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Scaled advice key to engaging SMSF trustees

By Chris Kennedy
December 21 2012
1 minute read

Financial advisers will be able to leverage scaled advice provisions and technological advances to target the self-managed super fund (SMSF) sector in 2013, according to Provisio Technologies.

Although some SMSF trustees already utilise an adviser, many don't want to pay for full holistic advice and use an accountant for the services they require. However, there is now an opportunity through scaled advice for planners to target the more do-it-yourself type trustee, according to Provisio director Cameron O'Sullivan.
"Scaled advice offers an opportunity to service trustees who just want advice around [things like] contributions and transition to retirement. Previously, advisers would have tried to go down the full holistic path and the original message would have been lost," O'Sullivan said.

"The holistic advice model doesn't suit many SMSF trustees as they self-directed with many of their investments, and as advisers have traditionally struggled with scaled advice, the trustees have been more likely to engage with an accountant than a financial planner."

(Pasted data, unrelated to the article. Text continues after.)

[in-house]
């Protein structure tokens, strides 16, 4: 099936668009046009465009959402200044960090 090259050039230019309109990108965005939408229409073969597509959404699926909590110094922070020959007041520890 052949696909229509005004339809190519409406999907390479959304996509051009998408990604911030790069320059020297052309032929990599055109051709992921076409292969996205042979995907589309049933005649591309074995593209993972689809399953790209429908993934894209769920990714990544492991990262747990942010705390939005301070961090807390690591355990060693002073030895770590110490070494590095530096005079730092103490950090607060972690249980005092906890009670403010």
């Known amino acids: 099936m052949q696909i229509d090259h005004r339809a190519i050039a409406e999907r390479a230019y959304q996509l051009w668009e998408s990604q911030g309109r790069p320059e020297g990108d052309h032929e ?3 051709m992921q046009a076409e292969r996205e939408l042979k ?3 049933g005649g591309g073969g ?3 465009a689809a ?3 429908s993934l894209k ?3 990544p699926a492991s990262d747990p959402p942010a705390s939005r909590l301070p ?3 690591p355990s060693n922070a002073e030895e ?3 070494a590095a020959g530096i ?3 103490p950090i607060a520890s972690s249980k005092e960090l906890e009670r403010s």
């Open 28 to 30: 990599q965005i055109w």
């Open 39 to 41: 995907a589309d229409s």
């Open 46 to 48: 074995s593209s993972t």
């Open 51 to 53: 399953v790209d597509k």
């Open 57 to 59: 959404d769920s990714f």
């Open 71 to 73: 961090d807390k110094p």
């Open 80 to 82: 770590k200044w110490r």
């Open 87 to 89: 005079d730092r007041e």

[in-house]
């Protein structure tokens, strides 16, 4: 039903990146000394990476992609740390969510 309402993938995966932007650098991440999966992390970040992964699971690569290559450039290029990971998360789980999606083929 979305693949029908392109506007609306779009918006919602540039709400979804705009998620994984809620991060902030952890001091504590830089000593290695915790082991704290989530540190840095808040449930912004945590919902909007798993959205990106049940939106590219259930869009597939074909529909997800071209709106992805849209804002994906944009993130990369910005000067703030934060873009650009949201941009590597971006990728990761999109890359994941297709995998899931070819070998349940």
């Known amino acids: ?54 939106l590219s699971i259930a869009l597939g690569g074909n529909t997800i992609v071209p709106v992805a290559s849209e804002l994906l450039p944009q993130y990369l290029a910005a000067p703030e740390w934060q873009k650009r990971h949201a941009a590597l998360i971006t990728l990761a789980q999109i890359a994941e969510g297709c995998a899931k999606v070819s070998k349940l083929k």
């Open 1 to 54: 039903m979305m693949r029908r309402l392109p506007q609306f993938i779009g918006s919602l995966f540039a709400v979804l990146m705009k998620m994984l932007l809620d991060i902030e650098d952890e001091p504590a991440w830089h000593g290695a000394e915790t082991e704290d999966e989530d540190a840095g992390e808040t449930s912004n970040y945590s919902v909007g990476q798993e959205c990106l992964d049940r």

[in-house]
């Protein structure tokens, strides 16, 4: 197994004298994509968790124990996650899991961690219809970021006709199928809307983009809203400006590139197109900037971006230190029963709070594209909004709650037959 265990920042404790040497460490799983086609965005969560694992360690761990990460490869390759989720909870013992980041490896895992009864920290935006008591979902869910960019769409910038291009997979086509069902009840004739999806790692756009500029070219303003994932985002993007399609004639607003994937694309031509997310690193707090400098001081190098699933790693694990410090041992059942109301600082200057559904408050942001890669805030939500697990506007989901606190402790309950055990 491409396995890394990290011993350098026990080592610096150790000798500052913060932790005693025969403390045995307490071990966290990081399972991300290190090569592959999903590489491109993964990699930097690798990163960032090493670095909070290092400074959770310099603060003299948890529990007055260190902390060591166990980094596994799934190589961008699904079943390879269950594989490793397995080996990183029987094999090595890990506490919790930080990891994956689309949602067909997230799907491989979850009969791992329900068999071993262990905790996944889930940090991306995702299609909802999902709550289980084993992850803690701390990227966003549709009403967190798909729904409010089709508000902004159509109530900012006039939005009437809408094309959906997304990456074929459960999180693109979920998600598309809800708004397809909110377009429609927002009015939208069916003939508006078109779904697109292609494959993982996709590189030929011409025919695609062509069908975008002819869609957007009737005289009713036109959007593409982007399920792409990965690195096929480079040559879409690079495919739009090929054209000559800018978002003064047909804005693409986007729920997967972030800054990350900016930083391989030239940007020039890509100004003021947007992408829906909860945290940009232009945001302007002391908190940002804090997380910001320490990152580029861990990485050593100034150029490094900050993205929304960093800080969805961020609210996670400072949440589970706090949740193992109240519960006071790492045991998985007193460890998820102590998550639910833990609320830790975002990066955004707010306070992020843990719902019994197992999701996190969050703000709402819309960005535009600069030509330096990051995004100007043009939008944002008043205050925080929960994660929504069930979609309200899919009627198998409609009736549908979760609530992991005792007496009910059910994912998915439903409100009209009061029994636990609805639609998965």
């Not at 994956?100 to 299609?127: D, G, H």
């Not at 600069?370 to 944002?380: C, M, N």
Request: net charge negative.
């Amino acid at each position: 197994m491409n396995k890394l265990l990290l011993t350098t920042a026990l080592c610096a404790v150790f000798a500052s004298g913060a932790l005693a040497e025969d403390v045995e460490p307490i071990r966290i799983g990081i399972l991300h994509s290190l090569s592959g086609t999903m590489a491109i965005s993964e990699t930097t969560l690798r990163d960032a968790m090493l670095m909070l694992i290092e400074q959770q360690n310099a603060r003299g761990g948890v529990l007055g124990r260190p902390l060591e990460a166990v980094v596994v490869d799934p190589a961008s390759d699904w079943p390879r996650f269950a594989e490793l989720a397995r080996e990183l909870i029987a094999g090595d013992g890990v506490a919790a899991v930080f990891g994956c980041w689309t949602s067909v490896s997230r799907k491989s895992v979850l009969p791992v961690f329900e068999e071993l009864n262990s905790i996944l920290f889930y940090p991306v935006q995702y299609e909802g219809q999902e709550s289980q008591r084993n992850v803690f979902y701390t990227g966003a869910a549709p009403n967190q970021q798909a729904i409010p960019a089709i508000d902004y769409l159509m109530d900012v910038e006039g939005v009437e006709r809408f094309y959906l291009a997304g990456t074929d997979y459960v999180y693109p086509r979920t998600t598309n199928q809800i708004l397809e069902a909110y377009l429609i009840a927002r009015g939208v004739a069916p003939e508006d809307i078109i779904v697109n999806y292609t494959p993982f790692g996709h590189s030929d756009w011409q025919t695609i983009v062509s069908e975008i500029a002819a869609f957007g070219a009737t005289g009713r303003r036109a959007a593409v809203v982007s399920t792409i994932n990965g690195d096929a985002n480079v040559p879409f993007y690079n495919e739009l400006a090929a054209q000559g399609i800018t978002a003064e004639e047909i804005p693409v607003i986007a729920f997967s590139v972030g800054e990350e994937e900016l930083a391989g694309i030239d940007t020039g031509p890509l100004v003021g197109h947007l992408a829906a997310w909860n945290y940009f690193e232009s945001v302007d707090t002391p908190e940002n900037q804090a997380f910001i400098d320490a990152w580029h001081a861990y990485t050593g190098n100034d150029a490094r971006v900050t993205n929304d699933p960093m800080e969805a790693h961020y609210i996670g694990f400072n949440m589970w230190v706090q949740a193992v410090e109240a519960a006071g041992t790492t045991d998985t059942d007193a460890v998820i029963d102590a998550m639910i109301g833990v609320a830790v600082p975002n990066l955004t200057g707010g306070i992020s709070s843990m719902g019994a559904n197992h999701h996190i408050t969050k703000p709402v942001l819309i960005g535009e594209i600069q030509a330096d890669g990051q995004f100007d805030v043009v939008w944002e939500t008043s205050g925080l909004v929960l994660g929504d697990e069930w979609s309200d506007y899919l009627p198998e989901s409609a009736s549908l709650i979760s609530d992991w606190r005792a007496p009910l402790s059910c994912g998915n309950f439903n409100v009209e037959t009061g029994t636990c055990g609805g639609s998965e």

Improvements in advice software can also help advisers in the area of scaled advice because it allows a more upfront, point-of-sale type offering, he said.

The adviser should be able to run some 'what if's', look at the potential benefits and agree to a strategy with the client, then in only one or two clicks generate a form, O'Sullivan said.

Software is still mostly viewed as part of the back office, so the adviser will conduct a client interview then the paraplanner spends four to six hours developing a statement of advice.

But the opportunity now, with scaled advice, means advisers can use the software upfront in the client meeting to generate a shorter, more concise document, he said.

"The advisors having success with scaled advice have made big inroads with efficiency. They have been able to trim down the time taken to process scaled requests from many hours to minutes, in some cases."